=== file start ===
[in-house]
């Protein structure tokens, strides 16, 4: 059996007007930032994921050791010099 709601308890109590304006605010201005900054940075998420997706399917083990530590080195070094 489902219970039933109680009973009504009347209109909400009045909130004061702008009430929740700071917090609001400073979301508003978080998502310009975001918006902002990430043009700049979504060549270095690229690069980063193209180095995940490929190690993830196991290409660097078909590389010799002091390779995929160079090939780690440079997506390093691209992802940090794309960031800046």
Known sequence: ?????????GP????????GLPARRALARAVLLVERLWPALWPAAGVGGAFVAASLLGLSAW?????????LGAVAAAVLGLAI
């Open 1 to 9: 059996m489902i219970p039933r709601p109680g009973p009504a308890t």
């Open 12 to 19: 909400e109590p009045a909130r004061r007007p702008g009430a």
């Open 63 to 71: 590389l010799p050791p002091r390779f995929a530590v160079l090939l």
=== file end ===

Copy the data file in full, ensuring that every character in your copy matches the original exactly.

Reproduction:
[in-house]
């Protein structure tokens, strides 16, 4: 059996007007930032994921050791010099 709601308890109590304006605010201005900054940075998420997706399917083990530590080195070094 489902219970039933109680009973009504009347209109909400009045909130004061702008009430929740700071917090609001400073979301508003978080998502310009975001918006902002990430043009700049979504060549270095690229690069980063193209180095995940490929190690993830196991290409660097078909590389010799002091390779995929160079090939780690440079997506390093691209992802940090794309960031800046």
Known sequence: ?????????GP????????GLPARRALARAVLLVERLWPALWPAAGVGGAFVAASLLGLSAW?????????LGAVAAAVLGLAI
């Open 1 to 9: 059996m489902i219970p039933r709601p109680g009973p009504a308890t």
């Open 12 to 19: 909400e109590p009045a909130r004061r007007p702008g009430a």
């Open 63 to 71: 590389l010799p050791p002091r390779f995929a530590v160079l090939l």